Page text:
In reality, reported mule accounts may be only one-tenth of the actual number out there. Bureau, a global identity decisioning and fraud prevention platform, has detected nearly 300,000 potential mule accounts in the last six months after assessing accounts across some of India's leading banks.

Innovative Tactics

Banks face ongoing gaps and challenges in addressing mule accounts, even though the problem is not new. KYC is crucial for compliance with anti-money laundering regulations, involving customer due diligence to assess and monitor associated risks. But KYC alone is no longer sufficient as fraudsters innovate their methods.

"Mule account detection faces the challenge of easily bypassing existing KYC checks without raising any flags," said Ranjan R. Reddy, founder and CEO of Bureau. Previously, fraudulent activity followed account creation almost immediately, making detection easier. Today, fraudsters exploit dormancy, activating mule accounts after a significant lag, complicating detection.

Banks also struggle with innovating the KYC process. "Most banks treat KYC as a regulatory checklist item. Rarely do they cross verify these documents to check if the details are similar to that of a mule account detected in the past," said Ashutosh Mishra, IRM Level 4 and chief risk manager, NABARD.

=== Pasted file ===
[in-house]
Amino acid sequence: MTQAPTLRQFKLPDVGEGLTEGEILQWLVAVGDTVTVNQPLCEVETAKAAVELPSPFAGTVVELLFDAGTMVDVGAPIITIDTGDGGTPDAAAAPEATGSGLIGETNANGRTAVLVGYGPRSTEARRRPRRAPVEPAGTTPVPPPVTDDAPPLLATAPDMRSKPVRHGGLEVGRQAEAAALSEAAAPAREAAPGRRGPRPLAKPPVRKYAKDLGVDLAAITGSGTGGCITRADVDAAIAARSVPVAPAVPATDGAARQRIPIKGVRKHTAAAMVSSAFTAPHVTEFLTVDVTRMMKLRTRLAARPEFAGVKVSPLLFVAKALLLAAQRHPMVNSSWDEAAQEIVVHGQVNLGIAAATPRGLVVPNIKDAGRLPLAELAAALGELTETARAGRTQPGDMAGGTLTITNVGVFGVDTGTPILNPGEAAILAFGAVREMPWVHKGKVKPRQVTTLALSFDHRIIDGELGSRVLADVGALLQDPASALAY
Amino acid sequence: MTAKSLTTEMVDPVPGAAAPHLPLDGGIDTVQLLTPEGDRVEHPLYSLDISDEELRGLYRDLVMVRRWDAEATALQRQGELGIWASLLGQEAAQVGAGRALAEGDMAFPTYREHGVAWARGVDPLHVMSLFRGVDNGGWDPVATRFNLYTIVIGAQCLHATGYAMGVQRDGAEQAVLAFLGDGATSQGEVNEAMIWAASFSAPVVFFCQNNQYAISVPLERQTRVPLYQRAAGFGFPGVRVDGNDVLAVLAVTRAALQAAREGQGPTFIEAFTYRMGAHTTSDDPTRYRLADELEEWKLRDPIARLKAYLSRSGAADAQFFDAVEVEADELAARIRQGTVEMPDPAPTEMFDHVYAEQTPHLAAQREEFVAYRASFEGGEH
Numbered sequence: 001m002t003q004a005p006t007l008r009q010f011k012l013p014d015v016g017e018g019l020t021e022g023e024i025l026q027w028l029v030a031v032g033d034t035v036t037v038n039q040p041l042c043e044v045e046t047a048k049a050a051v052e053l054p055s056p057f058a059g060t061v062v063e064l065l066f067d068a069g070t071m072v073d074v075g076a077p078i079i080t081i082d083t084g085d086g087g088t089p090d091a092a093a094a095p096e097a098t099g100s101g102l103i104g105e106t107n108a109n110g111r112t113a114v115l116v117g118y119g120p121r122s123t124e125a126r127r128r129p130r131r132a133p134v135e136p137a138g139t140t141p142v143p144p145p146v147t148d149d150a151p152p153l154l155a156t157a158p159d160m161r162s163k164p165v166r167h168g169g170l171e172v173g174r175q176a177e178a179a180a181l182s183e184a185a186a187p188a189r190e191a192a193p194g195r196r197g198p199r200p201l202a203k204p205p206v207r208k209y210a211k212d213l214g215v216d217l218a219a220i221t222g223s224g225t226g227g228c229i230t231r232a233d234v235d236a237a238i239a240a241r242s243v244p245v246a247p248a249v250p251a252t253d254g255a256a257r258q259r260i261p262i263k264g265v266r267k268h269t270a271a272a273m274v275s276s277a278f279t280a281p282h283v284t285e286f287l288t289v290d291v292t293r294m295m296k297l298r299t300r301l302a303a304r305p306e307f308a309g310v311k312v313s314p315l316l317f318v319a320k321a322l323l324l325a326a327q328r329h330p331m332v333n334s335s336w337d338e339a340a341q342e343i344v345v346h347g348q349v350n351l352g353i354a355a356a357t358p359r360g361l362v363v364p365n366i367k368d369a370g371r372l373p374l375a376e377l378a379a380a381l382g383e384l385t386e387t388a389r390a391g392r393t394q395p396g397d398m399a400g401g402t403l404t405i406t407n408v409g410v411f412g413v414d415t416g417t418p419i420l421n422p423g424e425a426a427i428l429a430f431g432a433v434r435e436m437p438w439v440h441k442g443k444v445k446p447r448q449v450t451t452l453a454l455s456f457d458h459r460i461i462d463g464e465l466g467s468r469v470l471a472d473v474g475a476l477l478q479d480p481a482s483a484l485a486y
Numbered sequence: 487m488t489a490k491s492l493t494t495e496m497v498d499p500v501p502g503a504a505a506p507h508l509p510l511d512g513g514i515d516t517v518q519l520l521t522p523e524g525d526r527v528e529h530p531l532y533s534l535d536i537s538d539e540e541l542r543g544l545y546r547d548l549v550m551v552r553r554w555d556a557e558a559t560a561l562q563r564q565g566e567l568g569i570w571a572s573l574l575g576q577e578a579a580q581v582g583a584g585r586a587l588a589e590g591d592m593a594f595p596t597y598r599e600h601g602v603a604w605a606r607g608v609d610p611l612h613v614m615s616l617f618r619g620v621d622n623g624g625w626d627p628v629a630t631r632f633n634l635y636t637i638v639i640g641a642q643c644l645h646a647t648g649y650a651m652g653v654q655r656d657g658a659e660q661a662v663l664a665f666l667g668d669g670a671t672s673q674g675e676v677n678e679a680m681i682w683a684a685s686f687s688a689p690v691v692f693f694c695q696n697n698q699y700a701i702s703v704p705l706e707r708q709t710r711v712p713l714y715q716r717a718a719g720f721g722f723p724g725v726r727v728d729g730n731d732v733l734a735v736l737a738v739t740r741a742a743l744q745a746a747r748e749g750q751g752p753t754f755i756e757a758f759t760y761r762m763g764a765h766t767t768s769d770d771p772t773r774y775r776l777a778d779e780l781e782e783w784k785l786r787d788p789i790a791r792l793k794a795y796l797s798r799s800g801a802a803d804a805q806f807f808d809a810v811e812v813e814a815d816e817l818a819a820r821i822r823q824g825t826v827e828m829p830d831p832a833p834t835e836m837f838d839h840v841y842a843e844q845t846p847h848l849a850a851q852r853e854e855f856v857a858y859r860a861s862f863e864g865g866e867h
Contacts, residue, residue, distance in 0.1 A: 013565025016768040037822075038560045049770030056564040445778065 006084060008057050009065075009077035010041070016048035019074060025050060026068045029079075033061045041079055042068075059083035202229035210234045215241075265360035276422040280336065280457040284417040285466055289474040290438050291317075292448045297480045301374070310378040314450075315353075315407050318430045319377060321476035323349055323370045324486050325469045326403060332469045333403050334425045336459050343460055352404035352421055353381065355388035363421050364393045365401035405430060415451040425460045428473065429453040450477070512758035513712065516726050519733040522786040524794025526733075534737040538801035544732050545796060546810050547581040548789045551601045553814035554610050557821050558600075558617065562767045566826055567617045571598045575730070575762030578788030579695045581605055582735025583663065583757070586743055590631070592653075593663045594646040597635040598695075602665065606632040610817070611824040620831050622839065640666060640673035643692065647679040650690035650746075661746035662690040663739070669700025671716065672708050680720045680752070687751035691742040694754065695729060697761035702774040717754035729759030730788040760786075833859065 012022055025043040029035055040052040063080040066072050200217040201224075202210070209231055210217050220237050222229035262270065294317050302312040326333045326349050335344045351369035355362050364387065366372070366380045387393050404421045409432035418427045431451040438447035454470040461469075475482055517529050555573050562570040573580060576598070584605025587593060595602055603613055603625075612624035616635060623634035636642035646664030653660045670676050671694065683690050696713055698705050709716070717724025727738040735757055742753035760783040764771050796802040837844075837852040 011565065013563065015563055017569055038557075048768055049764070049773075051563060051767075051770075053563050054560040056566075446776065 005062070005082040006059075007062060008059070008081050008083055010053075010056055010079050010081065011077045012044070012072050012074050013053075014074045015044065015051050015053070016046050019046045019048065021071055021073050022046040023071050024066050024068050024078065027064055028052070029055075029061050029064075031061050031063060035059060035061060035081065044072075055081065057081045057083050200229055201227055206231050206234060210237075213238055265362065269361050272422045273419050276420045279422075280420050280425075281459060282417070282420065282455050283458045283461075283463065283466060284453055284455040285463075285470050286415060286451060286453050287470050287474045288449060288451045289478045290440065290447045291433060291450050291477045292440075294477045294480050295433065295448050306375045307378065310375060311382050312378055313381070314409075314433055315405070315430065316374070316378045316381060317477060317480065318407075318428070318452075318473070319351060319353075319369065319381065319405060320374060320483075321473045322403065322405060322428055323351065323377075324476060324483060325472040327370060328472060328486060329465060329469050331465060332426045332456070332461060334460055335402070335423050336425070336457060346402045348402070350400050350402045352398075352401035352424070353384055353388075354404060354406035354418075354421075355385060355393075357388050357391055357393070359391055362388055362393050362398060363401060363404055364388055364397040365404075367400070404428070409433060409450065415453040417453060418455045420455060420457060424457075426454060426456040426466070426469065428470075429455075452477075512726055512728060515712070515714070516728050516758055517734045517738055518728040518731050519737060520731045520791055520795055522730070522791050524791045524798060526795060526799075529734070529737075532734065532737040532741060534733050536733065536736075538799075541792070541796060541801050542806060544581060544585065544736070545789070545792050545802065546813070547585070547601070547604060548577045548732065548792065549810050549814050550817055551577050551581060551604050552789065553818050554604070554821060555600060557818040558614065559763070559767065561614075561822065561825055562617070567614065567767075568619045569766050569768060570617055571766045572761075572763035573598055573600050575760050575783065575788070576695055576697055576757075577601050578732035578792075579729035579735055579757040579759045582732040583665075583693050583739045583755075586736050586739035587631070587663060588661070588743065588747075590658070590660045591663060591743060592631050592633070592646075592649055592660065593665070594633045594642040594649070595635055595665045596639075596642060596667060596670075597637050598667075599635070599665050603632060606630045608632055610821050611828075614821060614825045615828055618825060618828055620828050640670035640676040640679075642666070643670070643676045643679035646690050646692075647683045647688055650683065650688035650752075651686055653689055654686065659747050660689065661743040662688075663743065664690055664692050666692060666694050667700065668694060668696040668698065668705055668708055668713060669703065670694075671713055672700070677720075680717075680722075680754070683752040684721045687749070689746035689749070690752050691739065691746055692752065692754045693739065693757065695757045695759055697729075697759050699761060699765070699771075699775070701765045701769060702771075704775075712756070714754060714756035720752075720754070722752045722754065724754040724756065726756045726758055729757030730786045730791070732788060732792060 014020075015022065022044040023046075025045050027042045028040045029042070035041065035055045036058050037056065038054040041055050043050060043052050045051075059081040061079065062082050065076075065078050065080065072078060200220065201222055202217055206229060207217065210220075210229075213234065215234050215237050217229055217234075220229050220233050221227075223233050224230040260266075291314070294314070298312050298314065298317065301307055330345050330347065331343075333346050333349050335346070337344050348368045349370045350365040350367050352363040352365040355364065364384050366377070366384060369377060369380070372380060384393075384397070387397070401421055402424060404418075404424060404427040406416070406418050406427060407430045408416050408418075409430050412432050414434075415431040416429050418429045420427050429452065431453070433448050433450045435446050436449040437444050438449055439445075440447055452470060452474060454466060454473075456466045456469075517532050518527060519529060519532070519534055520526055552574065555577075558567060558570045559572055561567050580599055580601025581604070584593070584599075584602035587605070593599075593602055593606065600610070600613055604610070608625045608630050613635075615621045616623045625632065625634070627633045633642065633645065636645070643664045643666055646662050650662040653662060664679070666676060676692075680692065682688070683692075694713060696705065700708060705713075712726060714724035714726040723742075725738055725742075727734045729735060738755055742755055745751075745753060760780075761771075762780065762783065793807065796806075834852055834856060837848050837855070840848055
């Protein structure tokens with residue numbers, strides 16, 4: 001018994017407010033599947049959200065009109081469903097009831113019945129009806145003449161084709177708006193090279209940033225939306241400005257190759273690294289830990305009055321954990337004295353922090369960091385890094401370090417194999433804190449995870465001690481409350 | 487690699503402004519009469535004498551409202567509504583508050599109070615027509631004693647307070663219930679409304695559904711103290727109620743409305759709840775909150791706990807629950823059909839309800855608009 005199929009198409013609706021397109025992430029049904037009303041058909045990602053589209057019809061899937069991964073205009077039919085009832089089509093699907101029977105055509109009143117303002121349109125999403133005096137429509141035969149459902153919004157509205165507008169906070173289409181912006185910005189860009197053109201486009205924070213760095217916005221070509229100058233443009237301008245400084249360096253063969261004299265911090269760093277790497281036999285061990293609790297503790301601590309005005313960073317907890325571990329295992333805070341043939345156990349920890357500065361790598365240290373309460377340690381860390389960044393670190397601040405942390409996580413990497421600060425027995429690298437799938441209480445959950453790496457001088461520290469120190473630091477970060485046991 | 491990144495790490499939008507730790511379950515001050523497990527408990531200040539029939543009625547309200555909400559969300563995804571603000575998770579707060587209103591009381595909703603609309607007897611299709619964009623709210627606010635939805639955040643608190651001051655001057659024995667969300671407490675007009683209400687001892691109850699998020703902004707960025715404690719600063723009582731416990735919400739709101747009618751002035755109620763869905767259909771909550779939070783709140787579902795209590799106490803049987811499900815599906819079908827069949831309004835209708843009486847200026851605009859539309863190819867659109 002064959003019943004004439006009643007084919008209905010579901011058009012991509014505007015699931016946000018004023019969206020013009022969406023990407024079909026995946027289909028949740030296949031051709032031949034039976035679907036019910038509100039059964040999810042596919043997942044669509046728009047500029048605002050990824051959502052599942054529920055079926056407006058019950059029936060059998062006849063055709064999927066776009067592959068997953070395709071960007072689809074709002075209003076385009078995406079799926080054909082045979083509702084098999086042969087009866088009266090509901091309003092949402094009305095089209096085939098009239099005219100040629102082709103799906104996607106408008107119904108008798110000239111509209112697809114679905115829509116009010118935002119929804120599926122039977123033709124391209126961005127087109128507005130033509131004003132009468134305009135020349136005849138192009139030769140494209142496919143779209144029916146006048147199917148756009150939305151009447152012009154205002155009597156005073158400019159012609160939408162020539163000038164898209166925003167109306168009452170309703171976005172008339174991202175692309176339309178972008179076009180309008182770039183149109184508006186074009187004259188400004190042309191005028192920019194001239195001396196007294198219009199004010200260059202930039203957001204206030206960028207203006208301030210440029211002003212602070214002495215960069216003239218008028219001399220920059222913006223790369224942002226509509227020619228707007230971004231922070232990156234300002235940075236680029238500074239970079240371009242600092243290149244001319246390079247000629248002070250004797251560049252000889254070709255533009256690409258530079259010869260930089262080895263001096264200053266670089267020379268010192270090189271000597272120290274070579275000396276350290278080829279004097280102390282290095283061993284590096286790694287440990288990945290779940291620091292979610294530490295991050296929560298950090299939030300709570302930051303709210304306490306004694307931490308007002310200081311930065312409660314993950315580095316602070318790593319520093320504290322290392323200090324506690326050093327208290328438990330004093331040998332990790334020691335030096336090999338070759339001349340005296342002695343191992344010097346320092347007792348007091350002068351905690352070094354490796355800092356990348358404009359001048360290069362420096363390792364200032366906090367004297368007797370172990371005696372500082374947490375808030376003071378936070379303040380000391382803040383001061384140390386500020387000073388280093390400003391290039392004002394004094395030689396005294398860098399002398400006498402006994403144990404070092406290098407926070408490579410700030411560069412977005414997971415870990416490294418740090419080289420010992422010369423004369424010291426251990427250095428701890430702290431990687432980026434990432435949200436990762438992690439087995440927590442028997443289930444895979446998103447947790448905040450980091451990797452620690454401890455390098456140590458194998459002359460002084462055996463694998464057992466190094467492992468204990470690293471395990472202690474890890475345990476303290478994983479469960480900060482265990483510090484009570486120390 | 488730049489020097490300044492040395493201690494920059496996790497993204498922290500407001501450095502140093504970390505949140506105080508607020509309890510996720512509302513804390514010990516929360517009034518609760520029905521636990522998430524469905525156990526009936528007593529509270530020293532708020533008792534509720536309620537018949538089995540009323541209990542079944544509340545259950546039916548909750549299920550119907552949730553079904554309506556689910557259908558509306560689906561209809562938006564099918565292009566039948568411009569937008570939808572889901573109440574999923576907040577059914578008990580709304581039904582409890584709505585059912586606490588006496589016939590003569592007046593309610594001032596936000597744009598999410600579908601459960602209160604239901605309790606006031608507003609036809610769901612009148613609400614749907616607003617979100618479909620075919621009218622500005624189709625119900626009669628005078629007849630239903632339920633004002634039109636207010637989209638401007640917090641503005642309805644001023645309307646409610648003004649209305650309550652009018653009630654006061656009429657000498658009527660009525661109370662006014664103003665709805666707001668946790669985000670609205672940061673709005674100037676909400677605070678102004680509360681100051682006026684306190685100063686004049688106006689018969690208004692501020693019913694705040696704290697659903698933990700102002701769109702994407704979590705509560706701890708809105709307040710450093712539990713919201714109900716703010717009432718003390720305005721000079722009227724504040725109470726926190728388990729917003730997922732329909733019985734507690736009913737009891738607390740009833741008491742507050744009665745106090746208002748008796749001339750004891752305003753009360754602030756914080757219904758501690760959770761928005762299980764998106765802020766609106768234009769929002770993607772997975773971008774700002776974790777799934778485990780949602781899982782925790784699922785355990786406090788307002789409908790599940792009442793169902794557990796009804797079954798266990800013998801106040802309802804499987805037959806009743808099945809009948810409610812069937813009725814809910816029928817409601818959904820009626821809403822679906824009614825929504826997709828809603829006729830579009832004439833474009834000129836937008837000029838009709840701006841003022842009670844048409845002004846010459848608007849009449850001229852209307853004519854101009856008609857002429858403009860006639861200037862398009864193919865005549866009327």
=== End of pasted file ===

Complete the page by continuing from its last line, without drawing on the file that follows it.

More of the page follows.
The use of generative artificial intelligence has added to the problem of detecting mule accounts. The creation of synthetic identities has rendered traditional measures such as liveness checks, primary document verification, and other rudimentary security protocols less effective. "These accounts are used as mule accounts where proceeds of criminal activity pass through to stay undetected," Reddy said.

These technological advancements have given an impetus to the rapid institutionalization of fraud, evidenced by the structured and coordinated operations of organized crime networks. These networks operate like sophisticated businesses, leveraging technology, large-scale data breaches, and complex laundering schemes that use fraudulent tactics such as social engineering and phishing to prey on people's vulnerability and desperation.

What Banks Are Doing